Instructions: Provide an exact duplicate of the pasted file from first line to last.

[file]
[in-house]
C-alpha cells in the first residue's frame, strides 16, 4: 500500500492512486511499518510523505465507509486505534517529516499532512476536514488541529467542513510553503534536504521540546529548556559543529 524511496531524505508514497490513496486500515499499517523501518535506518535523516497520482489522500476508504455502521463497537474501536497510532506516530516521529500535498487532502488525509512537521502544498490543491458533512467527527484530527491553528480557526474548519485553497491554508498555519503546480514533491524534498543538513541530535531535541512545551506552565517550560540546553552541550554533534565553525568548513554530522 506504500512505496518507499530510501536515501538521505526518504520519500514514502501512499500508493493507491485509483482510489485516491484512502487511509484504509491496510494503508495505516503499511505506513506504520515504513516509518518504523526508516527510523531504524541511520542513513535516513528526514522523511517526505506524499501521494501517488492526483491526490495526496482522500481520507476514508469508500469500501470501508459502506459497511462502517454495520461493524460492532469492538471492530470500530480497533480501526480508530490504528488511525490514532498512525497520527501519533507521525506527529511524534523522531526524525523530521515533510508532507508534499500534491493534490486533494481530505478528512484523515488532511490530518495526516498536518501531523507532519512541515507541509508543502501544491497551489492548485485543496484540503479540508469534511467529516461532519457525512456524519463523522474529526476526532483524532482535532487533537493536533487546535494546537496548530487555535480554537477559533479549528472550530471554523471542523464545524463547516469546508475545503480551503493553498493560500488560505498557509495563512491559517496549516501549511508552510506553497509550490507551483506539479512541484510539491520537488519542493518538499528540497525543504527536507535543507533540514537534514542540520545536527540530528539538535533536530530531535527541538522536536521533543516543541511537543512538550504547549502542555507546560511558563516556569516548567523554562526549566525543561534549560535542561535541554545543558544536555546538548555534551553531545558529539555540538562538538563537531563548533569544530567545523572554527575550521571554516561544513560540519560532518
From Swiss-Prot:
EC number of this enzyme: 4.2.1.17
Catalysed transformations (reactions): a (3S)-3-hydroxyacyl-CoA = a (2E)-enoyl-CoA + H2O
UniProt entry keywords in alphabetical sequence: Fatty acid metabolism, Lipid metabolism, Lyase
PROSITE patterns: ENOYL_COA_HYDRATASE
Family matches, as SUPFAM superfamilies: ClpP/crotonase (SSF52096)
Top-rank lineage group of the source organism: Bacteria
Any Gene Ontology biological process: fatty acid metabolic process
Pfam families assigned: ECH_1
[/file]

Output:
[in-house]
C-alpha cells in the first residue's frame, strides 16, 4: 500500500492512486511499518510523505465507509486505534517529516499532512476536514488541529467542513510553503534536504521540546529548556559543529 524511496531524505508514497490513496486500515499499517523501518535506518535523516497520482489522500476508504455502521463497537474501536497510532506516530516521529500535498487532502488525509512537521502544498490543491458533512467527527484530527491553528480557526474548519485553497491554508498555519503546480514533491524534498543538513541530535531535541512545551506552565517550560540546553552541550554533534565553525568548513554530522 506504500512505496518507499530510501536515501538521505526518504520519500514514502501512499500508493493507491485509483482510489485516491484512502487511509484504509491496510494503508495505516503499511505506513506504520515504513516509518518504523526508516527510523531504524541511520542513513535516513528526514522523511517526505506524499501521494501517488492526483491526490495526496482522500481520507476514508469508500469500501470501508459502506459497511462502517454495520461493524460492532469492538471492530470500530480497533480501526480508530490504528488511525490514532498512525497520527501519533507521525506527529511524534523522531526524525523530521515533510508532507508534499500534491493534490486533494481530505478528512484523515488532511490530518495526516498536518501531523507532519512541515507541509508543502501544491497551489492548485485543496484540503479540508469534511467529516461532519457525512456524519463523522474529526476526532483524532482535532487533537493536533487546535494546537496548530487555535480554537477559533479549528472550530471554523471542523464545524463547516469546508475545503480551503493553498493560500488560505498557509495563512491559517496549516501549511508552510506553497509550490507551483506539479512541484510539491520537488519542493518538499528540497525543504527536507535543507533540514537534514542540520545536527540530528539538535533536530530531535527541538522536536521533543516543541511537543512538550504547549502542555507546560511558563516556569516548567523554562526549566525543561534549560535542561535541554545543558544536555546538548555534551553531545558529539555540538562538538563537531563548533569544530567545523572554527575550521571554516561544513560540519560532518
From Swiss-Prot:
EC number of this enzyme: 4.2.1.17
Catalysed transformations (reactions): a (3S)-3-hydroxyacyl-CoA = a (2E)-enoyl-CoA + H2O
UniProt entry keywords in alphabetical sequence: Fatty acid metabolism, Lipid metabolism, Lyase
PROSITE patterns: ENOYL_COA_HYDRATASE
Family matches, as SUPFAM superfamilies: ClpP/crotonase (SSF52096)
Top-rank lineage group of the source organism: Bacteria
Any Gene Ontology biological process: fatty acid metabolic process
Pfam families assigned: ECH_1